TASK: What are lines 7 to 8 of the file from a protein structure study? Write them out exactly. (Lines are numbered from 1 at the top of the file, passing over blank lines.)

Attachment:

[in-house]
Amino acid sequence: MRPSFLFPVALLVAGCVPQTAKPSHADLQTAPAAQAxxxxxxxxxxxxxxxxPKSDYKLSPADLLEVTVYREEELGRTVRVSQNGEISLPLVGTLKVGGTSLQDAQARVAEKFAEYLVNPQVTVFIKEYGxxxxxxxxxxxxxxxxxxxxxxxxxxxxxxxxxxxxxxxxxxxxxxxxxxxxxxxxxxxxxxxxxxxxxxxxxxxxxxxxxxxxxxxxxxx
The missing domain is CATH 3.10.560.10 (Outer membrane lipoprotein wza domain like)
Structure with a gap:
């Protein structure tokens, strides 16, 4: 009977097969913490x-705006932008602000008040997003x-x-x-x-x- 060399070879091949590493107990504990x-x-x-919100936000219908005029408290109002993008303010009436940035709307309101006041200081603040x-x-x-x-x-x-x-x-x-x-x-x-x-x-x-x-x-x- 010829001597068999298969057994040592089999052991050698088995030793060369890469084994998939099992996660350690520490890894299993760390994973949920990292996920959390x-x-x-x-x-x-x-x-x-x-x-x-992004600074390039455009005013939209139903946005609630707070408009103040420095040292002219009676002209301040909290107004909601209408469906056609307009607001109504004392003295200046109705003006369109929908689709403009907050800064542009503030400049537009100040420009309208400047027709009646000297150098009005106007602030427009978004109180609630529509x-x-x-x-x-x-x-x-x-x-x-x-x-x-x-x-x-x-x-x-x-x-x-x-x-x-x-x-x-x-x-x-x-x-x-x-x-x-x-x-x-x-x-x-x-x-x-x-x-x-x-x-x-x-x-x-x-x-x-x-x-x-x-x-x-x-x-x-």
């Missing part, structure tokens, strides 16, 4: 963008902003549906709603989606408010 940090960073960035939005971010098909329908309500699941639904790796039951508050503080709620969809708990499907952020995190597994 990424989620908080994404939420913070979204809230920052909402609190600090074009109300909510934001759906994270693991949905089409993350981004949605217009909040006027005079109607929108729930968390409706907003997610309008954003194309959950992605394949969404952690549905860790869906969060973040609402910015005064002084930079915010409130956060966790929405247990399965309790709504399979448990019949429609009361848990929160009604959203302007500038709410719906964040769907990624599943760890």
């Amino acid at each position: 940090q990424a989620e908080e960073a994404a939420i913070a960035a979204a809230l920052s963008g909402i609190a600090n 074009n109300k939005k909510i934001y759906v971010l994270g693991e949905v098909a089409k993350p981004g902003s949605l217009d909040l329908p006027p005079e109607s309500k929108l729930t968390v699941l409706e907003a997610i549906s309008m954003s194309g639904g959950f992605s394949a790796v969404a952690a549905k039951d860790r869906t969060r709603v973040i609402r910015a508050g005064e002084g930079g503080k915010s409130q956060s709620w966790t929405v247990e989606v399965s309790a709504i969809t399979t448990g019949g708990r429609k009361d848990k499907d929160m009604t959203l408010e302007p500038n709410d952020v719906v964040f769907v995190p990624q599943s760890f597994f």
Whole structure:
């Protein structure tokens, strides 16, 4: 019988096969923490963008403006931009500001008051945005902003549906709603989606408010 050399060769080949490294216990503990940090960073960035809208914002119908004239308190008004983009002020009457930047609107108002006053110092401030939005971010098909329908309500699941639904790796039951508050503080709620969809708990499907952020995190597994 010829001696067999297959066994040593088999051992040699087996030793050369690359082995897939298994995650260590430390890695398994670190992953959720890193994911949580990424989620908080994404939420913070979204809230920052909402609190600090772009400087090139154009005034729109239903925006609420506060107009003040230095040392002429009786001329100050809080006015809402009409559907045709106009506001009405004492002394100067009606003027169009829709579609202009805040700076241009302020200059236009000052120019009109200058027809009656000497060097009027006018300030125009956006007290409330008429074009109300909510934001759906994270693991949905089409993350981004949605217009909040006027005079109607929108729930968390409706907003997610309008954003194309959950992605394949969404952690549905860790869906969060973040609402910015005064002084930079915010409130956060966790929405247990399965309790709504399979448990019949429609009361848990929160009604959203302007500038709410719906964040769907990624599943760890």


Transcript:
């Amino acid at each position: 940090q990424a989620e908080e960073a994404a939420i913070a960035a979204a809230l920052s963008g909402i609190a600090n 074009n109300k939005k909510i934001y759906v971010l994270g693991e949905v098909a089409k993350p981004g902003s949605l217009d909040l329908p006027p005079e109607s309500k929108l729930t968390v699941l409706e907003a997610i549906s309008m954003s194309g639904g959950f992605s394949a790796v969404a952690a549905k039951d860790r869906t969060r709603v973040i609402r910015a508050g005064e002084g930079g503080k915010s409130q956060s709620w966790t929405v247990e989606v399965s309790a709504i969809t399979t448990g019949g708990r429609k009361d848990k499907d929160m009604t959203l408010e302007p500038n709410d952020v719906v964040f769907v995190p990624q599943s760890f597994f």
Whole structure: